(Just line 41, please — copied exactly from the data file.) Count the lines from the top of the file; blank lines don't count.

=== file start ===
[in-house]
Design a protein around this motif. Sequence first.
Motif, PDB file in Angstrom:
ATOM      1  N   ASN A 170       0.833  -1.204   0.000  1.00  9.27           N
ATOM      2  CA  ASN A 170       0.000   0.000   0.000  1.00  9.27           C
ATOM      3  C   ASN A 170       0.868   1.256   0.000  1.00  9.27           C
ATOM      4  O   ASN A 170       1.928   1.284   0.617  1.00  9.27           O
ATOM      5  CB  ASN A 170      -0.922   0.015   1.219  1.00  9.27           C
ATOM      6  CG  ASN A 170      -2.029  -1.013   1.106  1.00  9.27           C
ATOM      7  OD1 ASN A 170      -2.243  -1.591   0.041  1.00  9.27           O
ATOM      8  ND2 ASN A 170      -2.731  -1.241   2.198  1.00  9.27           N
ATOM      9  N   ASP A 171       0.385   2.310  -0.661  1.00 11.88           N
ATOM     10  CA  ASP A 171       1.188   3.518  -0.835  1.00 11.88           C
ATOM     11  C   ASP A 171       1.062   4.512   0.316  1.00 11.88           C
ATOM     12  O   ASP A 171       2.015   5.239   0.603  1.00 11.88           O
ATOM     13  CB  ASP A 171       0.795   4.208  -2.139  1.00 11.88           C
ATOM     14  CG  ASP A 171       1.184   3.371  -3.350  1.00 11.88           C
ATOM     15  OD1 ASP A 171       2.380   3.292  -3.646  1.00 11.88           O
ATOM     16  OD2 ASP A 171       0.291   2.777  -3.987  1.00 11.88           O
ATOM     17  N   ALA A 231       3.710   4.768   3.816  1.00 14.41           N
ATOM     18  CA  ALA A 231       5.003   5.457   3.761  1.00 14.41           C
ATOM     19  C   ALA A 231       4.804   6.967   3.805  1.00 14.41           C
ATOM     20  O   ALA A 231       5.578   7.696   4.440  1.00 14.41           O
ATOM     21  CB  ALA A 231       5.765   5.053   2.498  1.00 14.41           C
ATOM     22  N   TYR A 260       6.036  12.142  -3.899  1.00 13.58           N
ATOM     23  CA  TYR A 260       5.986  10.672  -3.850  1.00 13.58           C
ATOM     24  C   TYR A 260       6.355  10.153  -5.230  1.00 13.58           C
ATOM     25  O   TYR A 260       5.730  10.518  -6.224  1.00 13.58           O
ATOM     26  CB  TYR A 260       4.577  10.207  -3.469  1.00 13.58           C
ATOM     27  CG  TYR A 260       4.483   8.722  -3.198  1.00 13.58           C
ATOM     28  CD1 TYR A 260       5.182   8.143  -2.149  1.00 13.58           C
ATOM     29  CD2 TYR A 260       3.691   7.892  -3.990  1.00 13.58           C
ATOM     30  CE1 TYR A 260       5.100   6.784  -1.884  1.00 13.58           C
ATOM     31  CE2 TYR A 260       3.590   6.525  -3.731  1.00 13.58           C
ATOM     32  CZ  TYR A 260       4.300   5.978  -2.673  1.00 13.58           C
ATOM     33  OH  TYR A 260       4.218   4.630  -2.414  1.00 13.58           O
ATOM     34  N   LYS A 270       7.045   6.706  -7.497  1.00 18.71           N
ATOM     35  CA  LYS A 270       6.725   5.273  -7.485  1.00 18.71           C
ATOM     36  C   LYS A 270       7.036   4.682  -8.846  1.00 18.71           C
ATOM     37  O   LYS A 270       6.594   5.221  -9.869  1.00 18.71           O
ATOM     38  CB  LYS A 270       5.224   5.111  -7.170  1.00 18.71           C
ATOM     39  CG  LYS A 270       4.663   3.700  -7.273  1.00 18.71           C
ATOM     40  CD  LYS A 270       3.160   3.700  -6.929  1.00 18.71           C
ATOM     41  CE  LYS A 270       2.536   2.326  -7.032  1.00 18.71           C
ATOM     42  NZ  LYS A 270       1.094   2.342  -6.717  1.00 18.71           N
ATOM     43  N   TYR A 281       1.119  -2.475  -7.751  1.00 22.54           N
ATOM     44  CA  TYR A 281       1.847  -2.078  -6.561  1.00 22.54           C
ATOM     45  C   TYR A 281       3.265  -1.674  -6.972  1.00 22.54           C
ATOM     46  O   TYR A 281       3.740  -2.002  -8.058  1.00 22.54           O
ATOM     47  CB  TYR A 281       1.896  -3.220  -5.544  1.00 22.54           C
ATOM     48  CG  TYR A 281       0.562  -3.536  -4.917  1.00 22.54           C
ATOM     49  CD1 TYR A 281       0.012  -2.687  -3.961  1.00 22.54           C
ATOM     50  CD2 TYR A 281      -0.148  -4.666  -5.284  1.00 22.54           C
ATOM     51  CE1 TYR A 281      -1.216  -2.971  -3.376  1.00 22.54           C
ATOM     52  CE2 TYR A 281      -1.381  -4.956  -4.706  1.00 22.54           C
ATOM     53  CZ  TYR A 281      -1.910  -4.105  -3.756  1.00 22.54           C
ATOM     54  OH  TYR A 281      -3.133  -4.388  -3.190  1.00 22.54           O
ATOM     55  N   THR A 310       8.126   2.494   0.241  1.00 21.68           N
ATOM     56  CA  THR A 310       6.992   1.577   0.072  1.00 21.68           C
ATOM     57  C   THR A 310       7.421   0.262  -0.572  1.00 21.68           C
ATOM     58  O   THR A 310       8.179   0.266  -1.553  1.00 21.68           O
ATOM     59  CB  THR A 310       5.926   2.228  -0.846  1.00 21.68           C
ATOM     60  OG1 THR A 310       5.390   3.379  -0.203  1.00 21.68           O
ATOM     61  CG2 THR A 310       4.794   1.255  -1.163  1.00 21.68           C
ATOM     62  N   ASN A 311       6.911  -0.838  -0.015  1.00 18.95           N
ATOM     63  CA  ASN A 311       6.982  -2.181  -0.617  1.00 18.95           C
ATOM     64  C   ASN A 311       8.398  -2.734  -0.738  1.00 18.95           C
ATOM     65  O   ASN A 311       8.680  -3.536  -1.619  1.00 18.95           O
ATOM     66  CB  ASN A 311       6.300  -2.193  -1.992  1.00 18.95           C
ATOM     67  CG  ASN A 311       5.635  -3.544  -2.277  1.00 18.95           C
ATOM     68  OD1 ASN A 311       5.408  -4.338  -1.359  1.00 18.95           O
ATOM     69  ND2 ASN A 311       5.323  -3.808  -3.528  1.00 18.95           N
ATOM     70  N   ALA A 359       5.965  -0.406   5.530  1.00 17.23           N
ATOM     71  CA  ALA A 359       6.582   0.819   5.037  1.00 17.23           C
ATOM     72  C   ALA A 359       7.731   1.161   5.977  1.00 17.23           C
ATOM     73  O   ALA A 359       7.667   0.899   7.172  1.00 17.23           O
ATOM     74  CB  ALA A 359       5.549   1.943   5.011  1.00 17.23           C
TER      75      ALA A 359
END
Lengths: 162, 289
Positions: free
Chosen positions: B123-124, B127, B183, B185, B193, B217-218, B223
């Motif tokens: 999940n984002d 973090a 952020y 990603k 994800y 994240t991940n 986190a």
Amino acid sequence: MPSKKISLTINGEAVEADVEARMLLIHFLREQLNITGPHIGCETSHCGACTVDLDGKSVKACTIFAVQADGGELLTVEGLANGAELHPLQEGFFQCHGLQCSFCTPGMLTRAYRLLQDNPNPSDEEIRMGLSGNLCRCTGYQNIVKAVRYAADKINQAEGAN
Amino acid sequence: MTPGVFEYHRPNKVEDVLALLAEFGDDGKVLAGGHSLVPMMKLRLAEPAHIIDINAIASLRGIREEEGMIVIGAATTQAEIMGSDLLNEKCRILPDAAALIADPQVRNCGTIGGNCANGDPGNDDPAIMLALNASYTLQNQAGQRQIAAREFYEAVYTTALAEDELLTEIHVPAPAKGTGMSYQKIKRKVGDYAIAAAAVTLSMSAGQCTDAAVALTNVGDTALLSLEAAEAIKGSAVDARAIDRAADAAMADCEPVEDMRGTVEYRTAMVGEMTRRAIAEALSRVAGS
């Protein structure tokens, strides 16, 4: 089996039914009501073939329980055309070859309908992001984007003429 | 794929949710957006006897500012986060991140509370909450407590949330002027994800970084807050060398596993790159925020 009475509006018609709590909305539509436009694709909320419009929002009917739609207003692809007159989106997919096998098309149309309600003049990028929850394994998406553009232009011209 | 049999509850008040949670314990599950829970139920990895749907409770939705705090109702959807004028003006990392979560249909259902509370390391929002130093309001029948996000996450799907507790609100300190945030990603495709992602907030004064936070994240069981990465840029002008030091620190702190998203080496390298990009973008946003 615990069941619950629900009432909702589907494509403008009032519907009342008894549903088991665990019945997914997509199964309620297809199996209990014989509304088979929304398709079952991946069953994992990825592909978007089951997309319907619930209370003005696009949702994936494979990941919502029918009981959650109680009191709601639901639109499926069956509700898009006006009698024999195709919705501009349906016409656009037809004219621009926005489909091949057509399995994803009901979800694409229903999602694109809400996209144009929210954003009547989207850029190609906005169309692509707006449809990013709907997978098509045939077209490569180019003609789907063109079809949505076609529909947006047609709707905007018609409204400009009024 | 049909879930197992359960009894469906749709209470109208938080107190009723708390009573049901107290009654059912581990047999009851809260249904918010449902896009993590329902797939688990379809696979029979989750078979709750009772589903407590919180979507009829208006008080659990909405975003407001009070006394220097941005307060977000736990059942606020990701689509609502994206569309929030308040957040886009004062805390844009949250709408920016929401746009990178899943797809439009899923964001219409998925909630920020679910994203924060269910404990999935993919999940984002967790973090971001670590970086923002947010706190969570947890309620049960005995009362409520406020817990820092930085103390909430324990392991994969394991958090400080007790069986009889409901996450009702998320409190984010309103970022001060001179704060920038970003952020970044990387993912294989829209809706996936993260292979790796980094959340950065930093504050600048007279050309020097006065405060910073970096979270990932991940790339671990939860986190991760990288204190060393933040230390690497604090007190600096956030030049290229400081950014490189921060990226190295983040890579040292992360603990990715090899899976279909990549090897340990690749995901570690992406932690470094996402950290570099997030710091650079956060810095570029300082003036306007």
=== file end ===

ATOM     38  CB  LYS A 270       5.224   5.111  -7.170  1.00 18.71           C